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NEWS UPDATES Asean Affairs   October 11, 2018  





Indonesia must boost resilience with global risks on the rise: OECD

The Organization for Economic Cooperation and Development (OECD) has urged Indonesia to highlight the importance of policies that could boost resilience as global risks are on the rise.

“[Global risks] also underline the potential for tax reforms that increase government revenues to meet financing needs in a growth and equity-friendly manner, as well as how tourism can contribute to sustainable regional development,” OECD survey said.

The latest OECD economic survey of Indonesia was presented on Wednesday by OECD secretary general Angel Gurría and Finance Minister Sri Mulyani Indrawati in Nusa Dua, Bali, on the sideline of the International Monetary Fund-World Bank (IMF-WB) Annual Meeting.

As quoted by an OECD press statement, Gurría said the survey aimed at promoting policies designed to improve Indonesia’s resilience to global risks.

Citing the survey projection of Indonesia’s economic growth of between 5.2 in 2018 and 5.3 in 2019, Gurría said the Indonesian economy was growing at healthy rates, and a demographic dividend would further boost growth in the coming years.

“Infrastructure, education, health and job quality still pose important challenges that must be addressed to ensure that Indonesia achieves sustainable and inclusive growth,” he said.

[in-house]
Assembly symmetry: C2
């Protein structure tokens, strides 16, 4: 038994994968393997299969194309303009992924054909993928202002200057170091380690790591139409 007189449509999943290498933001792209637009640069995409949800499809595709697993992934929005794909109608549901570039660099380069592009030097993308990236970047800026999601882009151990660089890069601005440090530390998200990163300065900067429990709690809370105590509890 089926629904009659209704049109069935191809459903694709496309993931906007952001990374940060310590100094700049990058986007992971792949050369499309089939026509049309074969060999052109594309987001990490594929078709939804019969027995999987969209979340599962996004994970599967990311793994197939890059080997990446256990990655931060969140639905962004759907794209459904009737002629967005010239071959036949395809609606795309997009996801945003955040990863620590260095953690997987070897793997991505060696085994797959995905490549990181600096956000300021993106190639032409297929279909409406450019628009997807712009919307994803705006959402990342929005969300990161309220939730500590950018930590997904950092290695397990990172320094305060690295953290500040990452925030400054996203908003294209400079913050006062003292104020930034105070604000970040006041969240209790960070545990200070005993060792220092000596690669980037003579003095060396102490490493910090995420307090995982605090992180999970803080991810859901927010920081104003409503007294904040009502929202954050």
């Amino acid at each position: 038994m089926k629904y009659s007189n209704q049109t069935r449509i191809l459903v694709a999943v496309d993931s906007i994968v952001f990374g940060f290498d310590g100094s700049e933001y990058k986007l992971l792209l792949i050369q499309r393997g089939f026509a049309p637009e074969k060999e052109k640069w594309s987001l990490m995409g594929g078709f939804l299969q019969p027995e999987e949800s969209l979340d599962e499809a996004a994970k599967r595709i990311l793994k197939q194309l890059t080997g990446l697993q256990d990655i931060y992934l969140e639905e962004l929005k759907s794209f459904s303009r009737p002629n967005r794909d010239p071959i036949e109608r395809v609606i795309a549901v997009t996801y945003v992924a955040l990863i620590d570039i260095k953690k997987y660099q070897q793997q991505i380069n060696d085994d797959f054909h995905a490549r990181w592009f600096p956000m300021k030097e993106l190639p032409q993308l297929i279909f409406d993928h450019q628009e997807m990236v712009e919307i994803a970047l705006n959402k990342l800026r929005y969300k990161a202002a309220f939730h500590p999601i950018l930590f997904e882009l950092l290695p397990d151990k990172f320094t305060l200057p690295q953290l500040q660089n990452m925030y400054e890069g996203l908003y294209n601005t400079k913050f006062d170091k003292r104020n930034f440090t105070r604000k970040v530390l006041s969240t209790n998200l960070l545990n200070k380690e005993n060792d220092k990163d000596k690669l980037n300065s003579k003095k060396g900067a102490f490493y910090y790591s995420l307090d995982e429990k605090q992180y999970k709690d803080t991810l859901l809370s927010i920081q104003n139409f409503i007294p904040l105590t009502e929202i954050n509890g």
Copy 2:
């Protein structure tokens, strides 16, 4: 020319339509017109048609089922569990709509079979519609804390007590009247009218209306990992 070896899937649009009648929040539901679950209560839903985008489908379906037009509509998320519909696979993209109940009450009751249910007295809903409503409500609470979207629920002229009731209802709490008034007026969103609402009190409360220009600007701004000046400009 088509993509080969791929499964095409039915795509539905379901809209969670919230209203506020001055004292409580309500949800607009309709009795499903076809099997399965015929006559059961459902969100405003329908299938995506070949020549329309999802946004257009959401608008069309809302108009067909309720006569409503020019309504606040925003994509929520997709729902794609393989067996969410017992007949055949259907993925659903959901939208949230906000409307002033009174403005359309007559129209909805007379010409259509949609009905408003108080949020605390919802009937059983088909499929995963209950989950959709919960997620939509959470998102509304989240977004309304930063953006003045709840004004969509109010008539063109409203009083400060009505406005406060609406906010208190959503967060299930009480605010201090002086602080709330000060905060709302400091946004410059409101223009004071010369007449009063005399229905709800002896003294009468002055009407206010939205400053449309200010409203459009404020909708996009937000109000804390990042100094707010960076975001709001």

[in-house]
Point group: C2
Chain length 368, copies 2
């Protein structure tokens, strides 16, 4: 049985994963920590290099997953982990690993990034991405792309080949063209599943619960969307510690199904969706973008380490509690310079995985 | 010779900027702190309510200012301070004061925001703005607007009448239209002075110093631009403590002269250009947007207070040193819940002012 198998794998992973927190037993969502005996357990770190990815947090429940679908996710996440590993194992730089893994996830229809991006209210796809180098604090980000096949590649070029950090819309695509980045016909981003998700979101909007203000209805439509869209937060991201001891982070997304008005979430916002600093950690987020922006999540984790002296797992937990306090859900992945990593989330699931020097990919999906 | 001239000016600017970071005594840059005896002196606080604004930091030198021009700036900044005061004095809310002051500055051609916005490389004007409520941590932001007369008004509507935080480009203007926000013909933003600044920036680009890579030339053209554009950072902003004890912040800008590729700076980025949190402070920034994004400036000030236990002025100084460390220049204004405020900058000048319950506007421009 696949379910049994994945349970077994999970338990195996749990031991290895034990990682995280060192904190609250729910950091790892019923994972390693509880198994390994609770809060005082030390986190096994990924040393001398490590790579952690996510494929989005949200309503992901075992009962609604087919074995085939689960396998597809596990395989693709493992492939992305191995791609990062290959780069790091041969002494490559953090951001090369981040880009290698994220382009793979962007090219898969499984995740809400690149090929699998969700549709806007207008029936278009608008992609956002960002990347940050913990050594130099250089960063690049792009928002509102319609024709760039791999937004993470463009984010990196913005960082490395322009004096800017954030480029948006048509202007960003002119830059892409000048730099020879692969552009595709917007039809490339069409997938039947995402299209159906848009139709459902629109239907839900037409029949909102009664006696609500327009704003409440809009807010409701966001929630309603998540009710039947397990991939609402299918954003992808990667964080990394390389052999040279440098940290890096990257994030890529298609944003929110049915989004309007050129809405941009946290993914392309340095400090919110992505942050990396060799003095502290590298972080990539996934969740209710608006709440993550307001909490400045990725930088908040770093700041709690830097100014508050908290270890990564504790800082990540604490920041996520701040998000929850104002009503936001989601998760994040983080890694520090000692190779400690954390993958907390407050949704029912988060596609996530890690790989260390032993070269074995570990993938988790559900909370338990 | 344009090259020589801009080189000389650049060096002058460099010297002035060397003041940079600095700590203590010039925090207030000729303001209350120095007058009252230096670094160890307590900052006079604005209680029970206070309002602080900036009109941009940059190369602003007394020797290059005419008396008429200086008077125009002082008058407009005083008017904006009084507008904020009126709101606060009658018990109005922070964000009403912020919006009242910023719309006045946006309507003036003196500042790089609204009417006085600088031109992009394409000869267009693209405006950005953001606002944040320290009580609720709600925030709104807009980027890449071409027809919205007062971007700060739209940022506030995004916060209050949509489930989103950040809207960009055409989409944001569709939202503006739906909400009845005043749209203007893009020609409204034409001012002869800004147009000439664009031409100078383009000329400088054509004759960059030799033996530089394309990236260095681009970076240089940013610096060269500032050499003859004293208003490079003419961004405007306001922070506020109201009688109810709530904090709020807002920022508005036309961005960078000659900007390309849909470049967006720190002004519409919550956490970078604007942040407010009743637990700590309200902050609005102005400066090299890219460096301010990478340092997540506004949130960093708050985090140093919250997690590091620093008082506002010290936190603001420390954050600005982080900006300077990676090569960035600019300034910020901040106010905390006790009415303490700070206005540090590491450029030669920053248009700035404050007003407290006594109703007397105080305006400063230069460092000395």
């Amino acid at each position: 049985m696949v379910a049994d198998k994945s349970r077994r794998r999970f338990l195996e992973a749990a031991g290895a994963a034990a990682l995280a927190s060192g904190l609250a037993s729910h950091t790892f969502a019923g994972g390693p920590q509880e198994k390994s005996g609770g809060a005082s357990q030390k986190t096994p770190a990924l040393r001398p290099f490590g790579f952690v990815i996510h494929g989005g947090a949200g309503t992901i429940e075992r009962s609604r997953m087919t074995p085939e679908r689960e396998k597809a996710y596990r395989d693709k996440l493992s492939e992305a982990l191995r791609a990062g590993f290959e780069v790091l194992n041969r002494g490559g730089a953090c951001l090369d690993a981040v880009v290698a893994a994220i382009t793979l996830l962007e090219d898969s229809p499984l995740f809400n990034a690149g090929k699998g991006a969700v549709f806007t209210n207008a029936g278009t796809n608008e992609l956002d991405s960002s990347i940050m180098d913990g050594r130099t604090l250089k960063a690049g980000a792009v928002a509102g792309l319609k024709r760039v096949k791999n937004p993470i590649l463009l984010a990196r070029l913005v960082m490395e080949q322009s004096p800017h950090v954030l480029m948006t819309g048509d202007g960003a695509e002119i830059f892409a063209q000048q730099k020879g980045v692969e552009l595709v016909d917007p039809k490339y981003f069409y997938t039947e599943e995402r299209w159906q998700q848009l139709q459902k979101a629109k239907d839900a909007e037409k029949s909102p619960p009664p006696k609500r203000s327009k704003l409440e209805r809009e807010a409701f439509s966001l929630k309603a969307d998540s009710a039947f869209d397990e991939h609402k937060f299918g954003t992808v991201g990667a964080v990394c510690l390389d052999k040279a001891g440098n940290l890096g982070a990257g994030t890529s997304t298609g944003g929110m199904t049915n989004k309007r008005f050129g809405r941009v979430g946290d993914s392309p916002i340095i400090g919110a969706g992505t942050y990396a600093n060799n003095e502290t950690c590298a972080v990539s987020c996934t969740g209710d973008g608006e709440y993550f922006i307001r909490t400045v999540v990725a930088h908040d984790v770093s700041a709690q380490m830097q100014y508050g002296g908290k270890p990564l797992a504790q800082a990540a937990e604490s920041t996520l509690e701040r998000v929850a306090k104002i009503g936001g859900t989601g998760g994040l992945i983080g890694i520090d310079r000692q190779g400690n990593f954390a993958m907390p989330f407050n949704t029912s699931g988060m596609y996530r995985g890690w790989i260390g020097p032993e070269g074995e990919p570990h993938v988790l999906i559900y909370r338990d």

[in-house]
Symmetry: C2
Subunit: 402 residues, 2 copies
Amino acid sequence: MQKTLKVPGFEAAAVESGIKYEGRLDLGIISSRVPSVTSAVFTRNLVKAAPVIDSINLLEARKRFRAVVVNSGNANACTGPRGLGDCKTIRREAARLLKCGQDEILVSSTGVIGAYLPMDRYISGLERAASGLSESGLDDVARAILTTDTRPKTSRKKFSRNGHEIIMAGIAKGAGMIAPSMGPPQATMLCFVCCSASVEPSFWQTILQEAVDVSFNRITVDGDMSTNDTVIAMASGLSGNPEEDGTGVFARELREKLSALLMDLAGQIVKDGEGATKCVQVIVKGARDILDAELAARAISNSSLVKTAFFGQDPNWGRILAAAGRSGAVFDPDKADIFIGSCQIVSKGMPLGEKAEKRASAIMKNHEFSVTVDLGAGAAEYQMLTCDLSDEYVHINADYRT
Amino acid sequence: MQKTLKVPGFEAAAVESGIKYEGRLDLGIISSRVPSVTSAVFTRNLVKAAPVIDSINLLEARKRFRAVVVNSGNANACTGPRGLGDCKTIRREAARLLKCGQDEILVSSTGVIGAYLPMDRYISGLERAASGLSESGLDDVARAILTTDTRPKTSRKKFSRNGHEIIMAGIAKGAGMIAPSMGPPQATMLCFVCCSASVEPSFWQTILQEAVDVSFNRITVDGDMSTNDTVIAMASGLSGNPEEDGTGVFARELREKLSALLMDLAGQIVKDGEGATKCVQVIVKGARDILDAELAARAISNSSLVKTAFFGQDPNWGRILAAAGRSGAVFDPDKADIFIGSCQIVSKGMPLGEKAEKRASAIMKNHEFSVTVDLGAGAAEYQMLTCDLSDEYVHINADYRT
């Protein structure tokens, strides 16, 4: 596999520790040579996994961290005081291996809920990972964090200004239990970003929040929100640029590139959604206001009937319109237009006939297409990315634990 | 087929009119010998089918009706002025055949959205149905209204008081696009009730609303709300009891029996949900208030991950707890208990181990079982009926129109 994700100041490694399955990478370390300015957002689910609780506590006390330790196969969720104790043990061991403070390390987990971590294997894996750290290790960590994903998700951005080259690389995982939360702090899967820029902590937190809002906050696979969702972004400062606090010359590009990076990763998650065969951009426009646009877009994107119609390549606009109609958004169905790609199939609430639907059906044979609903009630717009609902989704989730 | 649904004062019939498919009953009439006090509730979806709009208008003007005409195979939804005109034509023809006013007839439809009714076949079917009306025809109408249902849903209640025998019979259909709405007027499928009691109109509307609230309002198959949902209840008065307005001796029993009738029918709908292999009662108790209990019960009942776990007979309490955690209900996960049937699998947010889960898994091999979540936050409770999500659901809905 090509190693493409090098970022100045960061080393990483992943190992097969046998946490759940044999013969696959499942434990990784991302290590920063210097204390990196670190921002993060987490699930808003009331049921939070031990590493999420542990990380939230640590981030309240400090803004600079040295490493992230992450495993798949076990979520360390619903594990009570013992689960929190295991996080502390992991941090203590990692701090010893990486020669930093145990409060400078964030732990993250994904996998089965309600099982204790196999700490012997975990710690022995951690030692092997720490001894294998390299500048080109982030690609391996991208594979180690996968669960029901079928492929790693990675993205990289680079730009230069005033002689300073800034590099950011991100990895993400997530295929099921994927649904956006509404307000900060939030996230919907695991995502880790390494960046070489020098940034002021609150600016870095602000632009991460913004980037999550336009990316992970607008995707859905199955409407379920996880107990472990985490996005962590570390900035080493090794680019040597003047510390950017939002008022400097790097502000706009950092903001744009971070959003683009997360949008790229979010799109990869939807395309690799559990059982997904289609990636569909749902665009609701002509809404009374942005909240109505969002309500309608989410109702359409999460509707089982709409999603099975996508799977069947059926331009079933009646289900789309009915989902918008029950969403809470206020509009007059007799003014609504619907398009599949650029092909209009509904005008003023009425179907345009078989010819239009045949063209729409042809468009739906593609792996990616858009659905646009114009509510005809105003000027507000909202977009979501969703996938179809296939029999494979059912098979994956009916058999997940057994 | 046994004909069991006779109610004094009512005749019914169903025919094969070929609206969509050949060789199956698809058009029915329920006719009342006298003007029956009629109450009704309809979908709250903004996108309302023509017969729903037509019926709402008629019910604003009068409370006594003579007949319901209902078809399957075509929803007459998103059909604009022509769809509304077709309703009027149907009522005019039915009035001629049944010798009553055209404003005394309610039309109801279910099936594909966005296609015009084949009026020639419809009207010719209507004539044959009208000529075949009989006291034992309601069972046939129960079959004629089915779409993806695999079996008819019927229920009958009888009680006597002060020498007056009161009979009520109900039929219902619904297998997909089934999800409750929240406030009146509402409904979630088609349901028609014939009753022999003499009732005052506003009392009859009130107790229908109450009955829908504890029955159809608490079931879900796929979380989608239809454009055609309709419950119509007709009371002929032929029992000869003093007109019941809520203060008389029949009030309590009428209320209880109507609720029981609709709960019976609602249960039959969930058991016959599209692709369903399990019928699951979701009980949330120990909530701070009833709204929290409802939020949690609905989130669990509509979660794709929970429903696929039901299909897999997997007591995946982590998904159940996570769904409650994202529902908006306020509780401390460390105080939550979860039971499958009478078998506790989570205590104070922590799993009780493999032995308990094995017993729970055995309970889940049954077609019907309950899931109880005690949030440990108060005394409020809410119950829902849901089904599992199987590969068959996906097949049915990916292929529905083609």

Meanwhile, the survey suggests that to make the economy more resilient and inclusive, Indonesia needs to improve its social assistance programs, deepen the domestic financial markets, provide better transparency and governance of state-owned enterprises, reform employment regulations to bring more workers into formal employment and further simplify business regulations.


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ASEAN  ANALYSIS

This year in Thailand-what next?


AseanAffairs   04 January 2011
By David Swartzentruber      

It is commonplace in journalism to write two types of articles at the transition point between the year that has passed and the New Year. As this writer qualifies as an “old hand” in observing Thailand with a track record dating back 14 years, it is time take a shot at what may unfold in Thailand in 2011.

The first issue that can’t be answered is the health of Thailand’s beloved King Bhumibol, who is now 83 years old. He is the world's longest reigning monarch, but elaborate birthday celebrations in December failed to mask concern over his health. More

 


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